Big changes proposed to electoral roll registration
Posted in 'Electoral Roll' by Barry Stamp
17 September 2010
The government has announced plans for a major overhaul to the electoral roll, with changes due to come into force by 2014 – a year earlier than originally planned.
In an effort to combat fraud and restore public faith in the electoral roll, all voters will be required to register themselves - replacing the current system where a single person in each household is able to register all eligible voters, without having to provide identification.
Everyone who does register will be asked to provide ID such as their National Insurance number, date of birth and signature. Further checks will also be carried out by cross-checking against records held by the Department for Work and Pensions (DWP) and other public databases.
There will be a year's grace before anyone who doesn’t register as an individual is removed from the database in 2015.
Initial responses to the announcement have largely focussed on the impact on voter registration levels, but little attention has been paid to the impact on the number of people appearing on the electoral roll on their credit files, or to what the government will do with the additional data they are collecting.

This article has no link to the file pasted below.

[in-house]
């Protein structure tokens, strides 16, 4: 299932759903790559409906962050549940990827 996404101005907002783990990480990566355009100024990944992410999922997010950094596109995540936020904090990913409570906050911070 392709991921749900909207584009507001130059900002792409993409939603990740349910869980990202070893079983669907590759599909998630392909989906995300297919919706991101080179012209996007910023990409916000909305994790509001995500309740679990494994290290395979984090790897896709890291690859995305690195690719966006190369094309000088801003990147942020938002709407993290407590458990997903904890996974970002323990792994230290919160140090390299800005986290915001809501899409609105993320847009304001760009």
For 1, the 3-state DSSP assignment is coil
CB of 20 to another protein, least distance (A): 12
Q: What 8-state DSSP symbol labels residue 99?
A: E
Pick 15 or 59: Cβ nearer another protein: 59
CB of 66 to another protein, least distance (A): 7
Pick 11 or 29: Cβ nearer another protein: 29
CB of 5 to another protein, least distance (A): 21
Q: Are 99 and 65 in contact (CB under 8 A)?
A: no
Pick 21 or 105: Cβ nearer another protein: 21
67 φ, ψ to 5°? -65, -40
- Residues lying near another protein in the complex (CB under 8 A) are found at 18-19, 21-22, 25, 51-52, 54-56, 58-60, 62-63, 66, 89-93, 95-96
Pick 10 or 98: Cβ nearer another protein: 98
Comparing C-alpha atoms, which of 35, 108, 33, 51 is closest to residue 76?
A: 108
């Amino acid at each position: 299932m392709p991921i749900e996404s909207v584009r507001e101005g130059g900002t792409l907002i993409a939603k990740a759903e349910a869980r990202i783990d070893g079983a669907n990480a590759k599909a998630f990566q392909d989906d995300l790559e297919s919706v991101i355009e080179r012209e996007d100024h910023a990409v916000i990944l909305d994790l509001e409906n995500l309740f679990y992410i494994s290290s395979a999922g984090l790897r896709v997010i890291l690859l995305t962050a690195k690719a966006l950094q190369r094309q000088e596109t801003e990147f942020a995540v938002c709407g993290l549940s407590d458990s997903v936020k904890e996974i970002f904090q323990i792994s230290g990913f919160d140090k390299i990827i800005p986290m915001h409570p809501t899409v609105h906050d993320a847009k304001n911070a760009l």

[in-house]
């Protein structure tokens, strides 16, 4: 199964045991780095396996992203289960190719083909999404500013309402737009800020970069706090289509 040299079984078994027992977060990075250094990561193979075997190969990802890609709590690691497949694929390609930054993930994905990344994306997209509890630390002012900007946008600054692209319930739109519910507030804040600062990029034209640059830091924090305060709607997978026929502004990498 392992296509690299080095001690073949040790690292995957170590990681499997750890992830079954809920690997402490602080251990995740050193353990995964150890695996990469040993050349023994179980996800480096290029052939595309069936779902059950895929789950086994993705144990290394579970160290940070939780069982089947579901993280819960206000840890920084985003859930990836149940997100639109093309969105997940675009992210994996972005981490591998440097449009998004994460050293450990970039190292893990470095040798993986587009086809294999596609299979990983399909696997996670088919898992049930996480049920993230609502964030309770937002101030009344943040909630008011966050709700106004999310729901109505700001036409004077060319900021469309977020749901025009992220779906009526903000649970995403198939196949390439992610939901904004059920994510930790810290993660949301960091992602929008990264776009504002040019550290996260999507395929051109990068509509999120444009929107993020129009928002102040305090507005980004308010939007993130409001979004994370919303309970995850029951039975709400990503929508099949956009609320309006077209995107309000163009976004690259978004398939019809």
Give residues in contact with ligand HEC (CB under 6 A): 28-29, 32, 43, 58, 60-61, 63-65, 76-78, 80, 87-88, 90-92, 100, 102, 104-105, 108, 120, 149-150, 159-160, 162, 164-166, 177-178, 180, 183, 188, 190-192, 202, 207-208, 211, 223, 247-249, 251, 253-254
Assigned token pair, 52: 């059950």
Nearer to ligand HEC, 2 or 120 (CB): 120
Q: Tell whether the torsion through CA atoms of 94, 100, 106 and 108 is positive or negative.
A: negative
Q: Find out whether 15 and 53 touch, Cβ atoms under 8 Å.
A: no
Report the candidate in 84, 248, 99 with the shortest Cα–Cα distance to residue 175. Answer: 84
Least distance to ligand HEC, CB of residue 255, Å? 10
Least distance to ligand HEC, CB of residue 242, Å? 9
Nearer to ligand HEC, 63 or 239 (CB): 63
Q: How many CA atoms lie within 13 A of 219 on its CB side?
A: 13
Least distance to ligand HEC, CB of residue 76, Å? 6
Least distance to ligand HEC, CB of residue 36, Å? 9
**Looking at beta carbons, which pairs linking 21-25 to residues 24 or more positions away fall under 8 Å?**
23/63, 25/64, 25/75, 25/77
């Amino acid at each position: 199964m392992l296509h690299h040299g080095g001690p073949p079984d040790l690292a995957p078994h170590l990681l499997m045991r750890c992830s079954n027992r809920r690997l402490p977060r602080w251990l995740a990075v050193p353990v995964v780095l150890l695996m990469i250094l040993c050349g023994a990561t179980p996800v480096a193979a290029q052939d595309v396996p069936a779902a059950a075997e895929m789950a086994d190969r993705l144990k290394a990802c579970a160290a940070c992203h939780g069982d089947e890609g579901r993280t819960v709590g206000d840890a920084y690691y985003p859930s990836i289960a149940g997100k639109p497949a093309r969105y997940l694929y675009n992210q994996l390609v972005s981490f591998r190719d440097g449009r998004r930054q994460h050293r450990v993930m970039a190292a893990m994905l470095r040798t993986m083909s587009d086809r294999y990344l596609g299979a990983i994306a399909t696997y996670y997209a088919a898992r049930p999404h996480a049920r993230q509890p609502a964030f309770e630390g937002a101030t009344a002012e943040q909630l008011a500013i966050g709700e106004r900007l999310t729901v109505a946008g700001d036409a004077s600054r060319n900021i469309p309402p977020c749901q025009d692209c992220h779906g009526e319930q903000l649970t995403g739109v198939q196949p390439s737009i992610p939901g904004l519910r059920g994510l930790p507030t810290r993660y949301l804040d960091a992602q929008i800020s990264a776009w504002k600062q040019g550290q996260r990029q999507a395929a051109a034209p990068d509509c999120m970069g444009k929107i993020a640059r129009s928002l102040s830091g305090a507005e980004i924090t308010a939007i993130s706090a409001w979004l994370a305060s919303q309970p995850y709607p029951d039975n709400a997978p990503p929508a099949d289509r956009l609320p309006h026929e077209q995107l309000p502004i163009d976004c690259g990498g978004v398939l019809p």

A similar system was introduced in Northern Ireland in 2002 and led to a 10% fall in the number of people registering to vote.
The electoral roll is a major part of credit files, and anyone not registering – either through choice or not realising that they had to – could see their ability to get credit dramatically reduced. The UK’s three credit reference agencies update their databases around the turn of the year, after local councils have collected the information as part of the annual canvas, and sold the data on to them.
This year’s forms have already been issued, and have to be returned by November. You can check whether you are currently listed, and whether you are included on the ‘edited register’ – the one that is sold on for marketing purposes – by checking your credit report online with checkmyfile. If you are on the edited register, you should seriously consider removing your details from it, as this can be sold to anyone, for any purpose, and which can consequently put you at much greater risk of falling victim to identity fraud.
Monitor your credit report based on data from all three credit reference agencies using our Multi Agency Credit Report. This is free to trial for 30 days and unless you cancel, whihc you can do at any time, then costs £9.99 oer month. Our Multi Agency Credit Reports contain more than twice the information than on aany other credit report and includes credit scores and credit ratings at no additional cost. This will also help you spot any errors or signs of attempted identity fraud.
Check your credit report now.
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